Pantry Part 1

Breaking news: all people are different. We like different things. Somethings you can pretty much be sure of: no one wants popcorn ceilings. No one. But other things are iffy. Like shag carpet. Or drop-down ceilings, apparently.

My in-laws’ neighbors just ADDED a drop-down ceiling in their new kitchen. Do whatever you love! It’s your house, people!

Some people love a swimming pool. Others won’t even consider a house with one.

Think about facilities in a master bathroom. Some people absolutely can’t live without a water closet, while others are fine to do their business “out in the open.” Some people would never dream of buying a house without a bathtub in the master, and other people haven’t taken a bath since the Carter administration.

Everyone wants to store their food, and I’ve never met a person who said, “I really love that my kitchen doesn’t have a pantry.” I think given the option, most people would choose a pantry over storing their dry foods in a cabinet. More storage is always better. (Though, granted, I’m fully aware of the tiny house movement.)

I’m totally not going to get rid of a pantry all together (seems like property value suicide, besides the fact that I can’t imagine where I’d store the food), even though my refrigerator is moving over to where my pantry is/was.

Pantries are personal. If you’ve never had one (live in an older or smaller home), or only had one type, you may not even realize this. But it’s fact. As fact as the universal abhorrence of popcorn ceilings. I’m not making this stuff up. It’s true.

As you might guess, I’ve had all kinds of pantries and/or lack of a pantry in my life. Because of that, I know what I like and don’t like. I know what works for us and what doesn’t.

Remember that my house is 30+ years old. The pantry here was probably considered a walk-in when this house was built. It totally wouldn’t be considered a walk-in today, though. Holy cow! Have you guys seen the pantries they’re building these days?

It’s kinda like some of the older/smaller walk-in closets I’ve had in the past. Where you CAN walk into it, but there’s not exactly a lot of room once you’re in there. Not too much of a problem for a pantry, I suppose, but totally annoying for a closet. Be a walk-in, or have a wide enough opening that I can see everything without having to look down some weird, skinny path, ya know?

I’ve seen some pantries recently where my entire family could go in there and have a picnic on the floor. Right after we performed our gymnastics routines in there. This wasn’t that. But it also wasn’t tiny. It was just like the annoying closets. The door was 24″, so even if the pantry itself is five feet wide, you can only really see two feet of it, kwim? It wasn’t quite deep enough that you could walk-in and turn a corner and use that space effectively, even though it did have the “L” shelves as if it were large enough to do so.

I’ve had deep pantries before and they just don’t work for us. (Deep with shallow shelves–a walk-in–is totally different than deep with deep shelves.) Sure, you can store a 48 pack of paper towels in there, but they’ll get buried behind the chips and no one will ever know they’re there. Worse than just deep is deep to the side. That’s what we had going on here.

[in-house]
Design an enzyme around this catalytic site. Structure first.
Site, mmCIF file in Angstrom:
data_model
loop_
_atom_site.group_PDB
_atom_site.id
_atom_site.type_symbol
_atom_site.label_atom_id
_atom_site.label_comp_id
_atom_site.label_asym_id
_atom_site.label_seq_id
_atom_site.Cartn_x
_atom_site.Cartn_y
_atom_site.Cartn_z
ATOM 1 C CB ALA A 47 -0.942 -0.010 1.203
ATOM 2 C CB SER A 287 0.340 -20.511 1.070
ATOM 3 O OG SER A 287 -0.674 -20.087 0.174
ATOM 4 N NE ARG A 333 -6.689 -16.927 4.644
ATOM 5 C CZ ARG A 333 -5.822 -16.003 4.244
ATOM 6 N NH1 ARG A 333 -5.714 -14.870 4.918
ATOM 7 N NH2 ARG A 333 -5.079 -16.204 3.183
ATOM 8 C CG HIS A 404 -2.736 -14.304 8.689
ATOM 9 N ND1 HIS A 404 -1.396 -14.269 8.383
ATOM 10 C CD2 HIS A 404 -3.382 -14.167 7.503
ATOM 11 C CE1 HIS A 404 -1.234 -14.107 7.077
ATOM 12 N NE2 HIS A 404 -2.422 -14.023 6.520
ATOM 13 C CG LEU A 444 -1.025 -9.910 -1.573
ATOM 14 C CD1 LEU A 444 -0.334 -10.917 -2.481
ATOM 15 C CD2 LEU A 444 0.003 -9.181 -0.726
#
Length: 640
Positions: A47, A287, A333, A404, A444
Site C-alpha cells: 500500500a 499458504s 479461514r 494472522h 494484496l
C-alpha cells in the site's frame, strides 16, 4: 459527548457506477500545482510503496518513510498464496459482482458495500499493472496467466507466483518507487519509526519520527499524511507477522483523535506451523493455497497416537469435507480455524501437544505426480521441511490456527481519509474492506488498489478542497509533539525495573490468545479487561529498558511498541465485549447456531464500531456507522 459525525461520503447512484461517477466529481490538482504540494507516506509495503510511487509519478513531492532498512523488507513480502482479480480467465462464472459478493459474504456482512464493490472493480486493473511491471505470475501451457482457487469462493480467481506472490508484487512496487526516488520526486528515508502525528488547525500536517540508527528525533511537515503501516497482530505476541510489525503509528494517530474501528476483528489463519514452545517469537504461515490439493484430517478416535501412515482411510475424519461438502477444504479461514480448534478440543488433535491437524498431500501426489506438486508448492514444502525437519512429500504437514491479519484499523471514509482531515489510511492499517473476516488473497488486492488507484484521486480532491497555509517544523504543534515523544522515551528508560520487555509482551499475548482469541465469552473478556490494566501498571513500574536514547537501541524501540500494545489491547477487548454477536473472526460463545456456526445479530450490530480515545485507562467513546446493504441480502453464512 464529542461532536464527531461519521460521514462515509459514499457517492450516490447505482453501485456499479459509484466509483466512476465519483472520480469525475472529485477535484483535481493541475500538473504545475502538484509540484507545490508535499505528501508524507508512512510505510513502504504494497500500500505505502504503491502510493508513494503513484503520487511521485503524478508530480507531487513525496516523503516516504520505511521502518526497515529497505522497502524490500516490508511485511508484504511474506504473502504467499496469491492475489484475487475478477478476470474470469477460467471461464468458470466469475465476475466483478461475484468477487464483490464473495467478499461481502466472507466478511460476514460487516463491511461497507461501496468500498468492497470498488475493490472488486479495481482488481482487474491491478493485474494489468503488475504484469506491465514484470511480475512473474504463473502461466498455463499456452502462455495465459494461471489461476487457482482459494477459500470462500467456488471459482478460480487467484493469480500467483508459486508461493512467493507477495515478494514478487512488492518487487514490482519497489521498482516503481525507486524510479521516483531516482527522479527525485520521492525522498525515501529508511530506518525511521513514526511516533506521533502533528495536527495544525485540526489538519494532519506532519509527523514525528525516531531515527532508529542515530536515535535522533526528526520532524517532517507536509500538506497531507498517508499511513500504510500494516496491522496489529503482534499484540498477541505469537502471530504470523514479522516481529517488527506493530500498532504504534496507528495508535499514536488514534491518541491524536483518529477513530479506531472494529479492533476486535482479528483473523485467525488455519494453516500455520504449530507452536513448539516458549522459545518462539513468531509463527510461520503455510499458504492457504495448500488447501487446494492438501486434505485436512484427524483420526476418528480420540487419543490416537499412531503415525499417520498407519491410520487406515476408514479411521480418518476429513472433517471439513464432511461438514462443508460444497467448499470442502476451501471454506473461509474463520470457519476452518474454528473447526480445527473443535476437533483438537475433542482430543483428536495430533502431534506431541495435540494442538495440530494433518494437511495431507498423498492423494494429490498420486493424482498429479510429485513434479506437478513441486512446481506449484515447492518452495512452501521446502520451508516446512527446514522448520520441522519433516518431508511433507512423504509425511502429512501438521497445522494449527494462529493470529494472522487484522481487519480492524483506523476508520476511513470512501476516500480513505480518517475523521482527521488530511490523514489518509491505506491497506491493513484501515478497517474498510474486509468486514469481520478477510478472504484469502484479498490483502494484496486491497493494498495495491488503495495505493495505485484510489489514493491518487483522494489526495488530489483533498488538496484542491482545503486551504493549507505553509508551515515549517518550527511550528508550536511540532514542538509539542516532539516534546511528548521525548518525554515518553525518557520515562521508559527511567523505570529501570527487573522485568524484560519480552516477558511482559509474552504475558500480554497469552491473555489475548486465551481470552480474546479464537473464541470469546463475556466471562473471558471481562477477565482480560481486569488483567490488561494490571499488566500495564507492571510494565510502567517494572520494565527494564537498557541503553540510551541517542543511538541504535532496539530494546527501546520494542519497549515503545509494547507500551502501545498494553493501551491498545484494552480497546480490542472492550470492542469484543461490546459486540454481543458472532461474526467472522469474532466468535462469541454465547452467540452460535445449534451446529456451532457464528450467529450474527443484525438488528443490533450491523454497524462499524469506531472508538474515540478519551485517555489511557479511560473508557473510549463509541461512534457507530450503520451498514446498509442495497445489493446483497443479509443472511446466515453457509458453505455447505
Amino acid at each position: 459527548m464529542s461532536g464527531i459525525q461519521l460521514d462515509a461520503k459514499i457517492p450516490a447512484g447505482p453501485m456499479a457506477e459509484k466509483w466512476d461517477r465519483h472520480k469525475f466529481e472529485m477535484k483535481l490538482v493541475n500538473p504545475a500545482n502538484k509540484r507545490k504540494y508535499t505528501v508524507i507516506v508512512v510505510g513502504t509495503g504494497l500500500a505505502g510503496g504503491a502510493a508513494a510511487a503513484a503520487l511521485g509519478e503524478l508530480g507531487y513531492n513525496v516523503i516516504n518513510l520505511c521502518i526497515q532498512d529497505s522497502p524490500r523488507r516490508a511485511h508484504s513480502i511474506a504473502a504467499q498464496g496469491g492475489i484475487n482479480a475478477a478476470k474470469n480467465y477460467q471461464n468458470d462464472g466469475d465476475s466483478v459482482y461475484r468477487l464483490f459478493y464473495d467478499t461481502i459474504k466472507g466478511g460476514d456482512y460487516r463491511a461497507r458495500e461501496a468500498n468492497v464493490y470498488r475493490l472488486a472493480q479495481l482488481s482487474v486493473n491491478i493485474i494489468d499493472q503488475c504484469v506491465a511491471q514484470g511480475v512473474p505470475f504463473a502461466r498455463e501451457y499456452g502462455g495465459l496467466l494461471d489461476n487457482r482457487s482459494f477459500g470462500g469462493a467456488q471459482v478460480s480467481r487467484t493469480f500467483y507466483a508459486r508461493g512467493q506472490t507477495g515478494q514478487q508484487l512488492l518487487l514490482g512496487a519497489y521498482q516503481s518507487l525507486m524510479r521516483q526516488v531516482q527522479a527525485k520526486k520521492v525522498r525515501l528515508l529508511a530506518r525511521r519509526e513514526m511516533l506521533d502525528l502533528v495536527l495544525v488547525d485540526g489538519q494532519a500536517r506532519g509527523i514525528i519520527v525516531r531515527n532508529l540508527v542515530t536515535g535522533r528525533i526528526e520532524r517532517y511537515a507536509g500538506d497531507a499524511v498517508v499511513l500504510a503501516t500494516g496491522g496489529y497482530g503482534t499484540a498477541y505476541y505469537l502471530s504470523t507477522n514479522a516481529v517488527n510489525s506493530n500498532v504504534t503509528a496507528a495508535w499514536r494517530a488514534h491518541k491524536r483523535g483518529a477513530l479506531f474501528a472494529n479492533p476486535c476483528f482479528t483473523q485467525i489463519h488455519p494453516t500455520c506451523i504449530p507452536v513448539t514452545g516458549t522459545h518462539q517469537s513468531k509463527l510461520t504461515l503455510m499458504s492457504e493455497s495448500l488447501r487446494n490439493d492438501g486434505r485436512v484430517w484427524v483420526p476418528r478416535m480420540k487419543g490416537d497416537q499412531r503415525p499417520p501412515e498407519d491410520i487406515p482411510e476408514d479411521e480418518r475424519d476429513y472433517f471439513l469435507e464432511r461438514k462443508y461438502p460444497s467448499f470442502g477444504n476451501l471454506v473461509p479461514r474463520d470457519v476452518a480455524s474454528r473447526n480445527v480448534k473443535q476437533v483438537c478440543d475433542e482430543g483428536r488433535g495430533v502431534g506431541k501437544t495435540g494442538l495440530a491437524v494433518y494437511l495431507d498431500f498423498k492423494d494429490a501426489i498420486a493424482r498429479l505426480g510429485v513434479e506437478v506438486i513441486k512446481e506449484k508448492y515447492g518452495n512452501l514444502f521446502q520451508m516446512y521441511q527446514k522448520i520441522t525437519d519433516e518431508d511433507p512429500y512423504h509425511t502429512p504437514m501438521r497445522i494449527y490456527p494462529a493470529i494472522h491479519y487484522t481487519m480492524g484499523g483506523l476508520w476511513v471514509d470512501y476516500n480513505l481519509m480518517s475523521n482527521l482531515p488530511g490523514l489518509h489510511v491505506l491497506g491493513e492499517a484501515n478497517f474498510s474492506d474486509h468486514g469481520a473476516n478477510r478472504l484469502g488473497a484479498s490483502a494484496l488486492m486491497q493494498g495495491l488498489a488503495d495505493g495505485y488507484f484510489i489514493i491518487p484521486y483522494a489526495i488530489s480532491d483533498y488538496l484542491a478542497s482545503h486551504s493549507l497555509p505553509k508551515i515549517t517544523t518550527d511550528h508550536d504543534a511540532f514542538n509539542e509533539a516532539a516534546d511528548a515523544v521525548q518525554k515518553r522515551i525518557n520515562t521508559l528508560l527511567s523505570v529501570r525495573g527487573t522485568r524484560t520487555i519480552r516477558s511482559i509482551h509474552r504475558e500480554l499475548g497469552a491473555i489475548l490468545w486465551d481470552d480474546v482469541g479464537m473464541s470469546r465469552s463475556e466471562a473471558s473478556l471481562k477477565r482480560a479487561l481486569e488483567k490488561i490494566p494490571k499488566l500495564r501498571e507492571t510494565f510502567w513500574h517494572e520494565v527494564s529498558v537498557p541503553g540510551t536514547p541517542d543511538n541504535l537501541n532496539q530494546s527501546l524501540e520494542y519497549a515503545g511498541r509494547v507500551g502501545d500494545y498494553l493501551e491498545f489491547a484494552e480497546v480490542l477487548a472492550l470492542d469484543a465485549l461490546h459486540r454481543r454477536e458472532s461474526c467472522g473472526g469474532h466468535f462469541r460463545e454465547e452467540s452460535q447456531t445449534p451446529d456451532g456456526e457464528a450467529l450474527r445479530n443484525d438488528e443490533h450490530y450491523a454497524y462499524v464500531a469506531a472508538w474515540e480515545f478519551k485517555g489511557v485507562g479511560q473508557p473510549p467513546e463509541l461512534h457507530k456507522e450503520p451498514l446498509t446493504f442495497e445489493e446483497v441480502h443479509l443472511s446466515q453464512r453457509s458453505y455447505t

pantry edge

The pantry goes all the way over to that pvc pipe. But look how narrow the door opening is. It was like an episode of hoarders in that corner. I had no idea what was back there. Okay, just kidding. That’s not something to joke about. Those people need real help. But it was an unorganized mess. And of course it’s way too shallow for me to take a picture. Not that I would.

So, months ago when I started looking around here trying to decide how to go about changing this kitchen configuration, that area seemed like it might work for the refrigerator. It had to move from the wall that it was on so we could achieve the open concept that we wanted, but there wasn’t really anywhere good for it to go.

dining

A refrigerator isn’t exactly a small item. You can’t just tuck it away somewhere like you can a toaster. In the picture below, our brand new shower is behind the wall on the left. The landing where our stairs turn and go up the other direction is to the right. There was just nowhere to build back into. (Here’s an artist’s rendering of that for you.)

landing

We could possibly close off the entry from the hallway and put it next to the double ovens.

fridge

But our classroom is right across that hall, and probably my favorite thing about this entire house is the proximity of the classroom to the kitchen. I get why some people love to do school at the kitchen table (but I don’t get the storage part). It’s life changing! I definitely didn’t want to wall off that opening. Although, it would provide a bigger entryway by the front door, which is something I’d like. But no. Not happening.

So when someone spilled a box of cereal trying to reach it from the top shelf of the pantry, and we were still finding pieces of it deep in the pantry corner for weeks, I knew I was getting rid of the pantry and relocating the fridge there.

To be continued…

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  1. Pingback: Pantry Part 2 | Who Took My Tape Measure

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